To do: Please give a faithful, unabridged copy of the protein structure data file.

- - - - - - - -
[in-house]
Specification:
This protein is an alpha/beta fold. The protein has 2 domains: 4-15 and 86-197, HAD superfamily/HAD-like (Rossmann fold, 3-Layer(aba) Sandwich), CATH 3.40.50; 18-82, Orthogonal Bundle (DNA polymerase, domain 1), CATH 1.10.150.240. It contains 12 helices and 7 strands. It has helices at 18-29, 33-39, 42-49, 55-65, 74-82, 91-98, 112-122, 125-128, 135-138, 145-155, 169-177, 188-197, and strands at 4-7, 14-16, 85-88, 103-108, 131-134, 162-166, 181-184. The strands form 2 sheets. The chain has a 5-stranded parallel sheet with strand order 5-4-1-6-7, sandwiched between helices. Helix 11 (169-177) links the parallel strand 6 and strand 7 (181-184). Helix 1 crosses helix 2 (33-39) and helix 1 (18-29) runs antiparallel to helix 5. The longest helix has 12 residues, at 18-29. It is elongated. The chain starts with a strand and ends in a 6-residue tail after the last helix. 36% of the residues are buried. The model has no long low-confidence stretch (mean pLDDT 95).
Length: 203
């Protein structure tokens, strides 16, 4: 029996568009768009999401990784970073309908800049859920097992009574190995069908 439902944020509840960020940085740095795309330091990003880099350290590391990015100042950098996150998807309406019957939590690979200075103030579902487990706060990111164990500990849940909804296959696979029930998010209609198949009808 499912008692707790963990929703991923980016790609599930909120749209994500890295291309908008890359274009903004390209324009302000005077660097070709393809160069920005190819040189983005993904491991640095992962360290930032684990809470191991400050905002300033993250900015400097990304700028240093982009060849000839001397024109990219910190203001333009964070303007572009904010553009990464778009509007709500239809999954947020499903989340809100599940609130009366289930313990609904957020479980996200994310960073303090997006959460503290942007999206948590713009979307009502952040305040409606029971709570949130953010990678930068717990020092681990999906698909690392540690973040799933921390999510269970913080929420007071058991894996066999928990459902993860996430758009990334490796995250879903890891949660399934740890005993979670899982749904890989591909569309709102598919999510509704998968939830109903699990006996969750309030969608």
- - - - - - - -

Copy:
[in-house]
Specification:
This protein is an alpha/beta fold. The protein has 2 domains: 4-15 and 86-197, HAD superfamily/HAD-like (Rossmann fold, 3-Layer(aba) Sandwich), CATH 3.40.50; 18-82, Orthogonal Bundle (DNA polymerase, domain 1), CATH 1.10.150.240. It contains 12 helices and 7 strands. It has helices at 18-29, 33-39, 42-49, 55-65, 74-82, 91-98, 112-122, 125-128, 135-138, 145-155, 169-177, 188-197, and strands at 4-7, 14-16, 85-88, 103-108, 131-134, 162-166, 181-184. The strands form 2 sheets. The chain has a 5-stranded parallel sheet with strand order 5-4-1-6-7, sandwiched between helices. Helix 11 (169-177) links the parallel strand 6 and strand 7 (181-184). Helix 1 crosses helix 2 (33-39) and helix 1 (18-29) runs antiparallel to helix 5. The longest helix has 12 residues, at 18-29. It is elongated. The chain starts with a strand and ends in a 6-residue tail after the last helix. 36% of the residues are buried. The model has no long low-confidence stretch (mean pLDDT 95).
Length: 203
């Protein structure tokens, strides 16, 4: 029996568009768009999401990784970073309908800049859920097992009574190995069908 439902944020509840960020940085740095795309330091990003880099350290590391990015100042950098996150998807309406019957939590690979200075103030579902487990706060990111164990500990849940909804296959696979029930998010209609198949009808 499912008692707790963990929703991923980016790609599930909120749209994500890295291309908008890359274009903004390209324009302000005077660097070709393809160069920005190819040189983005993904491991640095992962360290930032684990809470191991400050905002300033993250900015400097990304700028240093982009060849000839001397024109990219910190203001333009964070303007572009904010553009990464778009509007709500239809999954947020499903989340809100599940609130009366289930313990609904957020479980996200994310960073303090997006959460503290942007999206948590713009979307009502952040305040409606029971709570949130953010990678930068717990020092681990999906698909690392540690973040799933921390999510269970913080929420007071058991894996066999928990459902993860996430758009990334490796995250879903890891949660399934740890005993979670899982749904890989591909569309709102598919999510509704998968939830109903699990006996969750309030969608």